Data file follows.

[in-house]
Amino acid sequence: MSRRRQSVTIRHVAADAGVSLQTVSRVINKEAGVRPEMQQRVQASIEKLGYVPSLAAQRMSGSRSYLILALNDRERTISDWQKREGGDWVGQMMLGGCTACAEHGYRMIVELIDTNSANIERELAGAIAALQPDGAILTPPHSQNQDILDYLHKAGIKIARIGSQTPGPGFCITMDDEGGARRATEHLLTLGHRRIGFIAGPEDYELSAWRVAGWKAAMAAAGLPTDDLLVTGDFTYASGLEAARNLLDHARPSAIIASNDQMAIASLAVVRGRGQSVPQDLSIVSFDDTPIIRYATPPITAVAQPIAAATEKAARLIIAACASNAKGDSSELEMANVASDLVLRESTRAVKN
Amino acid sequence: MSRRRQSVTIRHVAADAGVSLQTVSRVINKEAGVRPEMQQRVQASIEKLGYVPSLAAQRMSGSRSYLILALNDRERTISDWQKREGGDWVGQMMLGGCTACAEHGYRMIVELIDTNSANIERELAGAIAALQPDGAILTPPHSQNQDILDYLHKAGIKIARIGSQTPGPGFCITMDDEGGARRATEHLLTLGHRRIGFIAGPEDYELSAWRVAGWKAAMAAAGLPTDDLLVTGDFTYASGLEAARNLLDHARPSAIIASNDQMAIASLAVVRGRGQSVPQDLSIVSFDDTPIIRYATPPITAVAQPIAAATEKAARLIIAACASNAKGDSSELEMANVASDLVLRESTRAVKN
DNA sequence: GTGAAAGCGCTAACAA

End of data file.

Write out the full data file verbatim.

[in-house]
Amino acid sequence: MSRRRQSVTIRHVAADAGVSLQTVSRVINKEAGVRPEMQQRVQASIEKLGYVPSLAAQRMSGSRSYLILALNDRERTISDWQKREGGDWVGQMMLGGCTACAEHGYRMIVELIDTNSANIERELAGAIAALQPDGAILTPPHSQNQDILDYLHKAGIKIARIGSQTPGPGFCITMDDEGGARRATEHLLTLGHRRIGFIAGPEDYELSAWRVAGWKAAMAAAGLPTDDLLVTGDFTYASGLEAARNLLDHARPSAIIASNDQMAIASLAVVRGRGQSVPQDLSIVSFDDTPIIRYATPPITAVAQPIAAATEKAARLIIAACASNAKGDSSELEMANVASDLVLRESTRAVKN
Amino acid sequence: MSRRRQSVTIRHVAADAGVSLQTVSRVINKEAGVRPEMQQRVQASIEKLGYVPSLAAQRMSGSRSYLILALNDRERTISDWQKREGGDWVGQMMLGGCTACAEHGYRMIVELIDTNSANIERELAGAIAALQPDGAILTPPHSQNQDILDYLHKAGIKIARIGSQTPGPGFCITMDDEGGARRATEHLLTLGHRRIGFIAGPEDYELSAWRVAGWKAAMAAAGLPTDDLLVTGDFTYASGLEAARNLLDHARPSAIIASNDQMAIASLAVVRGRGQSVPQDLSIVSFDDTPIIRYATPPITAVAQPIAAATEKAARLIIAACASNAKGDSSELEMANVASDLVLRESTRAVKN
DNA sequence: GTGAAAGCGCTAACAA